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The History of Jade: The Emperor’s Stone


The History of Jade: The Emperor's Stone

The History of Jade: The Emperor’s Stone

Infographic presented by Electra Stone

In Chinese writing, it is no accident that the character for “emperor” looks almost identical to the character for “jade”.

In the West, precious gems such as diamonds or rubies were worn by high-ranking people as status symbols. However, in China, it is jade that has been a symbol of status, spirituality, purity, and health for over 9,000 years.

The Origins of Jade

Jade has been mined and worked in China since the Stone Age. In prehistoric sites, jade artifacts include simple ornaments with bead, button, and tubular shapes. It was also used for tools and weapons. Jade later became revered with special significance. Beautiful designs were used for carvings, decorations, ceremonies, furnishings, and jewelry for the Imperial families.

By 3,000 BC, jade became known as “yu” or the “royal gem”.

Xu Shen, from the Han Dynasty (206 BC to 221 AD), details the five virtues of jade in his work Shuowen Jiezi:

Benevolence for its lustre and brilliance.
Honesty for its translucent texture.
Wisdom for its tranquil and far-reaching tone.
Integrity and Bravery for it may be broken but cannot be twisted.

The most wealthy and influential members of society would be buried in jade suits. Extremely costly and taking years to assemble, the thread used to join the pieces of jade would be gold, silver, copper, silk, or other materials depending on the status of the person buried.

The first archaeological discoveries of these suits, of Prince Liu Sheng and Dou Wan of the Western Han dynasty, consisted of: 2498 pieces of jade and 2.5 lbs of gold wire.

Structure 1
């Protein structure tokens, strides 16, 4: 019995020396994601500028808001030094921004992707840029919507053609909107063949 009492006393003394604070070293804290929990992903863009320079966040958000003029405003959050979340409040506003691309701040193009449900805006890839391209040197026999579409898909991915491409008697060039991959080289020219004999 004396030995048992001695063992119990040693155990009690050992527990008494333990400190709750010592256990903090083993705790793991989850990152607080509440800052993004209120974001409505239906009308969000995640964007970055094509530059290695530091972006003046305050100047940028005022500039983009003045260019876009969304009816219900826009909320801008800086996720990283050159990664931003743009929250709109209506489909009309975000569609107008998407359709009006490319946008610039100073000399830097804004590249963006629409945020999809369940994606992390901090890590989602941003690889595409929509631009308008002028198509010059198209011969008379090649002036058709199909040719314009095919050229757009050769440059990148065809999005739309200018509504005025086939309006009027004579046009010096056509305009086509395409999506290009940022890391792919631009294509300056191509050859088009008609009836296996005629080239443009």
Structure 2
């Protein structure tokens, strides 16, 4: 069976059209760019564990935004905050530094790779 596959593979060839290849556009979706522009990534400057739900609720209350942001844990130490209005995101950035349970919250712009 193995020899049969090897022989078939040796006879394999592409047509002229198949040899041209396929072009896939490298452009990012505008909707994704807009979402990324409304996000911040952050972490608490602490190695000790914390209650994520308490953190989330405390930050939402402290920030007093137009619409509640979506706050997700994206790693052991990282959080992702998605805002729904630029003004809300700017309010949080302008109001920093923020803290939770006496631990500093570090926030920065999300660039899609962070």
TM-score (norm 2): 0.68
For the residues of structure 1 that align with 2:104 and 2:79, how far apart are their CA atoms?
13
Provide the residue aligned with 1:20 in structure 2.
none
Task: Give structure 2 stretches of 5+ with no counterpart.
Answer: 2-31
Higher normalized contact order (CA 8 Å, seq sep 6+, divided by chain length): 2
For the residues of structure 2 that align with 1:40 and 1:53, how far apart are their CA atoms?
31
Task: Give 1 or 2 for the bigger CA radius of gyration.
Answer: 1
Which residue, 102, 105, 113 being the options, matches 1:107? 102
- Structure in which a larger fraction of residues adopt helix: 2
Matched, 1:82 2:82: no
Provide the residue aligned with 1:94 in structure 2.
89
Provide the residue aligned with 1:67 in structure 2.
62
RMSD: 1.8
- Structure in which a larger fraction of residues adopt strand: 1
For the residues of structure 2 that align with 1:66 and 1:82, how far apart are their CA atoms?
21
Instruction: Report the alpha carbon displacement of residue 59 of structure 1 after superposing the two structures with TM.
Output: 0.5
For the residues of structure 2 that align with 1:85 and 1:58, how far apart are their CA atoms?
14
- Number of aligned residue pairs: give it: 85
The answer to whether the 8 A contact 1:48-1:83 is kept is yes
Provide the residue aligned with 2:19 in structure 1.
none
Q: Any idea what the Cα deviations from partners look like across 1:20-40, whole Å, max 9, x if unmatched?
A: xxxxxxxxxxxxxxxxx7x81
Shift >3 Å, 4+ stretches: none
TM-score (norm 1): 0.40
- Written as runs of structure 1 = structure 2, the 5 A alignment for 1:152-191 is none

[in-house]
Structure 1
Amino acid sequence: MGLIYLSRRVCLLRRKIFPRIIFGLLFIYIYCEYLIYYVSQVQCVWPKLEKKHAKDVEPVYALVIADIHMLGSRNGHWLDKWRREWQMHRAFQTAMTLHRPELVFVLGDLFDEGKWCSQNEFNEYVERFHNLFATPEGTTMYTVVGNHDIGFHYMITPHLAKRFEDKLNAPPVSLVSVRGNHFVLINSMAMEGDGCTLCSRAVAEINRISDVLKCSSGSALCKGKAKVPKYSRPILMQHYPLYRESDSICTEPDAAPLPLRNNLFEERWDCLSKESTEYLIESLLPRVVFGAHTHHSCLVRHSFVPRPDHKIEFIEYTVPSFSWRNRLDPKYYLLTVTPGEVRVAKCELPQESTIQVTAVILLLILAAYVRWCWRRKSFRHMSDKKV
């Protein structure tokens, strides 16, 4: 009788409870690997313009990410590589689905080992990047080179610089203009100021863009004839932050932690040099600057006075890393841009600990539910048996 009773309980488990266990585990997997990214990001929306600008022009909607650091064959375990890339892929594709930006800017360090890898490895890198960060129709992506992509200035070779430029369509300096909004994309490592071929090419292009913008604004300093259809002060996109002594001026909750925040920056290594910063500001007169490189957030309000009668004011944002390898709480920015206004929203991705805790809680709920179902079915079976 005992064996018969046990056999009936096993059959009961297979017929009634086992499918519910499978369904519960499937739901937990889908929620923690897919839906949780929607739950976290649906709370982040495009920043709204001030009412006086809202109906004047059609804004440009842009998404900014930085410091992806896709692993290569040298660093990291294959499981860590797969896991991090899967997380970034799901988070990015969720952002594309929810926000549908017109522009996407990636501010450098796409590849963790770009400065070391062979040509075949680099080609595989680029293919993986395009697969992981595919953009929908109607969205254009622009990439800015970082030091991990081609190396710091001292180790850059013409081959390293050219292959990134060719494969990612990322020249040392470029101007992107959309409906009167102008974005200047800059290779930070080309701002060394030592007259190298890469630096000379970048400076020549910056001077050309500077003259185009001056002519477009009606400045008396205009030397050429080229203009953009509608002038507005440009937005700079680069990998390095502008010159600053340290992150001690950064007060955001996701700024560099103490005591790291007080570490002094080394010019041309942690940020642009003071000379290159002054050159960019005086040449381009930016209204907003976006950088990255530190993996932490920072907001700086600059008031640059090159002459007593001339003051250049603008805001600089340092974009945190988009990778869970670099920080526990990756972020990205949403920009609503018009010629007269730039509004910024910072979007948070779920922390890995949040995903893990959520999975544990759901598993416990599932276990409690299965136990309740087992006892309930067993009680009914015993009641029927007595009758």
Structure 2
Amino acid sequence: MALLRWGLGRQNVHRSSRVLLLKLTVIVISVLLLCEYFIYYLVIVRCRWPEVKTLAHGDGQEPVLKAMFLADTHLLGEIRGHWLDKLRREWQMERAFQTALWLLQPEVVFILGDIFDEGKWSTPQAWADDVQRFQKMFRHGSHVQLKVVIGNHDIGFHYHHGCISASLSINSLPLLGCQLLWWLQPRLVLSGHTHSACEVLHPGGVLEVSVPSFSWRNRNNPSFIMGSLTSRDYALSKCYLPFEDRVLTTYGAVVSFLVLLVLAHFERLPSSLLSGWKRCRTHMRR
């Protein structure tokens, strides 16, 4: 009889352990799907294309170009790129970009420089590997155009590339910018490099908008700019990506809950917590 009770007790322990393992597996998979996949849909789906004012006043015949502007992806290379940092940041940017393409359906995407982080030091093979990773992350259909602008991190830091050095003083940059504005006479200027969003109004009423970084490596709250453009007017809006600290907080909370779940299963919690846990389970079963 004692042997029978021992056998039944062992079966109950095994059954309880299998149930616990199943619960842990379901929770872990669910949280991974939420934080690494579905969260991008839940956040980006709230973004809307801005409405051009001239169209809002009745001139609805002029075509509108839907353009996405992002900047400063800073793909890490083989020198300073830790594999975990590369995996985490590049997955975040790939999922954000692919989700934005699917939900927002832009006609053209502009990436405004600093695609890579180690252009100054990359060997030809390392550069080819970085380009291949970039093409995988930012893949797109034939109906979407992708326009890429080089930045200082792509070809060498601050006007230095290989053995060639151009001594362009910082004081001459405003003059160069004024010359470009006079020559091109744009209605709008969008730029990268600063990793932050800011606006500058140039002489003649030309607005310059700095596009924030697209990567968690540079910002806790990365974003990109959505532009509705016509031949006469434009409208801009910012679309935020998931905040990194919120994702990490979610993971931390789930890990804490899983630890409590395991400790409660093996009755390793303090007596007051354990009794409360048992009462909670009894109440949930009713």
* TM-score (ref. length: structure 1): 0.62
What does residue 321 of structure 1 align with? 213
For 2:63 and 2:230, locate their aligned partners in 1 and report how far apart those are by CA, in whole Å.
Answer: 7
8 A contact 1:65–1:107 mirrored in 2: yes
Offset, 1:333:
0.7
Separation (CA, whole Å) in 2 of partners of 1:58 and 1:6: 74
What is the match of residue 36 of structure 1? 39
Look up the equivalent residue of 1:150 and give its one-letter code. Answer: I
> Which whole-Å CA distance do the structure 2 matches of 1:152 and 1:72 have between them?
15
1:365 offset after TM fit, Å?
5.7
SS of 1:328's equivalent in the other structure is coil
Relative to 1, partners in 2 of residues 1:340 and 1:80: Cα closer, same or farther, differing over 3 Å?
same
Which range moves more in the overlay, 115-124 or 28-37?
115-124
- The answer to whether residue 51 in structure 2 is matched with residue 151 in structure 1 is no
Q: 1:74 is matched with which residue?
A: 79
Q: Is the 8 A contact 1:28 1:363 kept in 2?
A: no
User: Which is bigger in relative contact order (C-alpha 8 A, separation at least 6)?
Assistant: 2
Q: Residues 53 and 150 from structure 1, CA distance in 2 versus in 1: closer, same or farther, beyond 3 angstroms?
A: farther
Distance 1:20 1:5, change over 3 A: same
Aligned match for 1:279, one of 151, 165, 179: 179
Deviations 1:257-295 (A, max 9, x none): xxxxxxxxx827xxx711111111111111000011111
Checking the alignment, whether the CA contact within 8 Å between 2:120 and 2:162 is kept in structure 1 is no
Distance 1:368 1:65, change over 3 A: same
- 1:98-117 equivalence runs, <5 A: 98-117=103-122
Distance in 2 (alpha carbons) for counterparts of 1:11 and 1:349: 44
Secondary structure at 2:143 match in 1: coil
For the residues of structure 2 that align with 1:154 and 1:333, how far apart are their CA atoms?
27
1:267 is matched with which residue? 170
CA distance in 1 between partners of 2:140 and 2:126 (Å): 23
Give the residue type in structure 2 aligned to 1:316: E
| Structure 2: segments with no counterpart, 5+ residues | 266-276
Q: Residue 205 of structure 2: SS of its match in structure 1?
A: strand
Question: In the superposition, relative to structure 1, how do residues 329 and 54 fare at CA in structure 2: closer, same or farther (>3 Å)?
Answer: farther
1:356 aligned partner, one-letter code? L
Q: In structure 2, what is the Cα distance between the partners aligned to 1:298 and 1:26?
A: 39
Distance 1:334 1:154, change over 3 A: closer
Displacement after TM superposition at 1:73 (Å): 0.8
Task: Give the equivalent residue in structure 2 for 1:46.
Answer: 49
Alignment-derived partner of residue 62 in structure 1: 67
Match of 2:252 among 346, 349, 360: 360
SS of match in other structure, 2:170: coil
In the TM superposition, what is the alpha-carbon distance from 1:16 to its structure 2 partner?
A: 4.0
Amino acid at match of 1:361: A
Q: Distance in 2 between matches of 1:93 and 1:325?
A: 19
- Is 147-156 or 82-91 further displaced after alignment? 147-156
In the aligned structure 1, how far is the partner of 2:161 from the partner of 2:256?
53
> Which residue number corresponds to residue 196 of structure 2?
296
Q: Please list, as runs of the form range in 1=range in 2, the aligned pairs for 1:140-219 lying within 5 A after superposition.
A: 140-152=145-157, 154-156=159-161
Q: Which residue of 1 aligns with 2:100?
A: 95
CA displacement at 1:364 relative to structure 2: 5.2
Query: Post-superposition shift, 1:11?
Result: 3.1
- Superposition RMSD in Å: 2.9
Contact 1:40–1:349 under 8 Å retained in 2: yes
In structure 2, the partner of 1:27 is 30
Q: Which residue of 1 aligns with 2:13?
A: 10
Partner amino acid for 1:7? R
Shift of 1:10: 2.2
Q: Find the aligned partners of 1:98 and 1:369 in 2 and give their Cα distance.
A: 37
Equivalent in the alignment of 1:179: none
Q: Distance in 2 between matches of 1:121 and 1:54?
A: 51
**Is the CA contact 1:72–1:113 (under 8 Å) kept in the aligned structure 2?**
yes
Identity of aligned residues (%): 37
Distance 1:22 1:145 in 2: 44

The gemstone’s significance to Chinese culture cannot be understated. Entire kingdoms in China have started wars over particularly precious stones.

What is Jade?

Jade is different than other types of valuable gems or precious metals. In fact, the cultural term “jade” refers to two different and similar types of ornamental rocks, both made of different silicate minerals.

Nephrite jade was the very first of these materials discovered in China, and was the traditional jade used and carved since ancient times. Nephrite was so important that the traditional deposits in China are now all but depleted.

There is evidence that jadeite jade, coming primarily from Burma, began to be traded in China on a wider scale in the 14th century. It was harder, denser, and worked easier – it eventually became the form of the gemstone preferred by Chinese artisans and prized by the Chinese people.

Today, most jade traded in China is of the jadeite variety.

However, the country’s traditional nephrite jade is not forgotten. Every athlete’s medal, at the 2008 Beijing Olympics, was embedded with a piece of pure, natural-carved jade. The gold medal featured a rare form of white nephrite known as “mutton fat” jade.

The Value of Jade

Gold has a price; jade is priceless (Chinese proverb)

Jade is valued differently than other comparable gemstones or precious metals. Jade is not fungible like gold, and jade is not a single polished and cut crystal, such as in the case of diamonds or rubies.

Both jadeite and nephrite jade are stones formed of interlocking microcrystals. Jade comes in different shapes and sizes, and can have impurities or grains in the stone that define its character. This means each piece of jade is unique.

Professional craftsmen look at raw jade’s beauty, flaws, and spirit to determine what shall be carved from it. This potential ties into the price that people are willing to pay for it.

Jade jewelry and artwork are extremely important to China’s culture and history.

This is why buyers are willing to pay a steep price for the finest jade. What does the best jade sell for in China? It sells for the same price per carat as diamonds in the United States.

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